Charles Cilliers
2 minute read
25 Jul 2021
11:29 am

WATCH: Fourways Hippo finally recaptured after living the high life at Steyn City

Charles Cilliers

The hippo has been spotted on and off over the past few months after false reports of it being eaten earlier this year were dismissed.

The Fourways Hippo being captured at Steyn City. Picture: Carolyn Steyn/video screenshot

In an Instagram post on Saturday, Carolyn Steyn, well-known philanthropist and the wife of Steyn City billionaire developer Douw Steyn, shared a video of the famous “Fourways Hippo” finally being recaptured.

She wrote: “Finally caught! And shortly on its way to a new home where it will live happily in safety. Well done #SteynCity and the veterinary team for all your dedication and hard work to save this beautiful animal. See even hippos want to live in Steyn City!”

Earlier this year the Endangered Wildlife Trust (EWT) offered its support in assisting the Gauteng department of agriculture in monitoring the whereabouts of the hippopotamus. 

The hippo had been spotted in northern Johannesburg since December last year. 

EWT planned to bring in technical expertise, including a drone, to find the hippo. 

The animal was last seen in Northern Farm MTB, an outdoor recreational facility near the Diepsloot informal settlement, which is not far from the luxurious Steyn City development.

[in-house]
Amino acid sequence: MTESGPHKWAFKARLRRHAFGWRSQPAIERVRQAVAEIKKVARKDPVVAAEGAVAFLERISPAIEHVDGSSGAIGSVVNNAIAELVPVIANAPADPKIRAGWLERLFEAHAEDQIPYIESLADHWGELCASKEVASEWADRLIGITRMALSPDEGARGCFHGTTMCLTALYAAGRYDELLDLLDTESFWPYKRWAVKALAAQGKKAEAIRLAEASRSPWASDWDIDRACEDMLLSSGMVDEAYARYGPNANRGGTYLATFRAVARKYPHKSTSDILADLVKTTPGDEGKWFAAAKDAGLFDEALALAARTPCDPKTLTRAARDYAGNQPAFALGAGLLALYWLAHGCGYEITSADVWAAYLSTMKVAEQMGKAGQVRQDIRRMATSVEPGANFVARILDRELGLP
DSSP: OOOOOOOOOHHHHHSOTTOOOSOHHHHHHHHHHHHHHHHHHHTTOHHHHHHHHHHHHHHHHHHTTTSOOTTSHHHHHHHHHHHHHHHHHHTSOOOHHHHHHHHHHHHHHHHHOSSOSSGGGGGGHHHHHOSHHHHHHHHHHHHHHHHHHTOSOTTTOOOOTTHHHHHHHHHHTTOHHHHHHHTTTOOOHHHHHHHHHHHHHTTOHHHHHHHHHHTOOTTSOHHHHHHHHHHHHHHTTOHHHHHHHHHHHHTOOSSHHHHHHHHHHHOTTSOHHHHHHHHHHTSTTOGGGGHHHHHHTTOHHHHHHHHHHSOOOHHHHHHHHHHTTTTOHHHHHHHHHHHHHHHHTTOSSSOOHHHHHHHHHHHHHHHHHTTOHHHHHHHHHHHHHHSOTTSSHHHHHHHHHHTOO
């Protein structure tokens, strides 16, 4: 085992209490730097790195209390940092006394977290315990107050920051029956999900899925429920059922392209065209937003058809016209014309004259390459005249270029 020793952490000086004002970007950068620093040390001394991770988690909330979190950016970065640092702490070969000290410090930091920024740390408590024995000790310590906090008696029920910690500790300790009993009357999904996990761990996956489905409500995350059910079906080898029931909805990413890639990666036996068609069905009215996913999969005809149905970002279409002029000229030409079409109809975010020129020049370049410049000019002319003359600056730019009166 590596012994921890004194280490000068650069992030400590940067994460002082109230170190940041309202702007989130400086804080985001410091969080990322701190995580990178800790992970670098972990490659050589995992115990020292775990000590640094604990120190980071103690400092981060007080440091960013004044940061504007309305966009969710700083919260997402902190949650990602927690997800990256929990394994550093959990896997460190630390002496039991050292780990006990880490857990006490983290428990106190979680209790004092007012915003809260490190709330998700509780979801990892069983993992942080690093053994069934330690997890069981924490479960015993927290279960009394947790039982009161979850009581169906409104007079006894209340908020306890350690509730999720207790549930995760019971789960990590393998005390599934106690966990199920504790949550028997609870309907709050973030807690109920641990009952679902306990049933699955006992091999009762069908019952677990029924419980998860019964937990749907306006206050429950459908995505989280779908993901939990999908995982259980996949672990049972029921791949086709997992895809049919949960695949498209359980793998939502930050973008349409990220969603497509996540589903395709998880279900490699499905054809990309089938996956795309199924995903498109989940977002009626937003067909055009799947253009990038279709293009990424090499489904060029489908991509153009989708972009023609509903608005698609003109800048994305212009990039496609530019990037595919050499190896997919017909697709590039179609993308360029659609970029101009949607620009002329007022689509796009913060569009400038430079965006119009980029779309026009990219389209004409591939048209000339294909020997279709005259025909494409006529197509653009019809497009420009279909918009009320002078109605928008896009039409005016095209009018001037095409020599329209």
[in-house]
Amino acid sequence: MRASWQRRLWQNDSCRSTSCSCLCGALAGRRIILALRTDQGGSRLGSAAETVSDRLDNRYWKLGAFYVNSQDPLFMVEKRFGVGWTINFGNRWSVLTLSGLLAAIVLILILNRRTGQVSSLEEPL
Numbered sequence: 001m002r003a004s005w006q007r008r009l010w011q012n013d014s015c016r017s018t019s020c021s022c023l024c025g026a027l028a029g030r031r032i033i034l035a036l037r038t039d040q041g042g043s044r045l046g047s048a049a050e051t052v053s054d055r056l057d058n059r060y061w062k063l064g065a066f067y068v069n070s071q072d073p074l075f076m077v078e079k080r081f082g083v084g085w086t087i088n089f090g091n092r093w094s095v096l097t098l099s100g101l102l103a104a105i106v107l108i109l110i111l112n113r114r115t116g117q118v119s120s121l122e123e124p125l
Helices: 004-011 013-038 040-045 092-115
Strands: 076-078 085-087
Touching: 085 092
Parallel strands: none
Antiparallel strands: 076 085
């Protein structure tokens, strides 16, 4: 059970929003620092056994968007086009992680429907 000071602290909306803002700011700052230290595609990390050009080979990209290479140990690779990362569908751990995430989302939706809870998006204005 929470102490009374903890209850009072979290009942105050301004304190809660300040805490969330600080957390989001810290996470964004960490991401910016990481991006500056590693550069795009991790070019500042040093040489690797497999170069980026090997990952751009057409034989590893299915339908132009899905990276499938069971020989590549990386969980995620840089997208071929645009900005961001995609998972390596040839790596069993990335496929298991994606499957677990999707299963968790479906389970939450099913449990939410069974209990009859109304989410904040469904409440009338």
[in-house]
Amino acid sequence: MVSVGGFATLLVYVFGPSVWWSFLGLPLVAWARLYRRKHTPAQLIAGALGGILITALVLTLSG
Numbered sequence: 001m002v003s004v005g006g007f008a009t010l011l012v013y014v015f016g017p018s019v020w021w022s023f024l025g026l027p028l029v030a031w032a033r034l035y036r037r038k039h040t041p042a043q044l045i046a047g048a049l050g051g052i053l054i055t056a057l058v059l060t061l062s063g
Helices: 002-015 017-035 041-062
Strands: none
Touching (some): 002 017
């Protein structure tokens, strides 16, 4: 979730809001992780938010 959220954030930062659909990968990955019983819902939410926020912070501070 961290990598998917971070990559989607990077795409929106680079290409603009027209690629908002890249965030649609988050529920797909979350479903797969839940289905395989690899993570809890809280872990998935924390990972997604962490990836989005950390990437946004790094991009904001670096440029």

It was suspected to have used river systems to move from the Hartbeespoort Dam area.

Hippos are capable of covering long distances in search for food. 

Joburg’s hippo residents

EWT senior manager Constant Hoogstad told The Citizen there are hippos that have been roaming areas south of Chartwell and along the Crocodile River for many years. 

They very rarely get close to people, and it is for this reason that they prefer residing in this area, Hoogstad explained. 

In the Northern Farms area where it was most recently seen, Hoogstad said hippos are quite undistributed, due to the thousands of hectares of semi-protected land and sewage works. 

“It is dead quiet at night when they feed, and in the day no one disturbs them.” 

Hoogstad dismissed fake news about the hippo being shot and eaten, saying the images used to portray this false update was from an incident that took place in another African country. 

“We’ve dealt with leopards on Hendrik Potgieter. We have reintroduced cheetahs to Rietvlei reserve. There was a hyena in Randburg a few years ago. There is wildlife all around us. But it’s not like there’s a pod of hippos walking around,” Hoogstad said. 

The hippo in question likely strayed from a small pod of hippos, he said. 

Background reporting, Nica Schreuder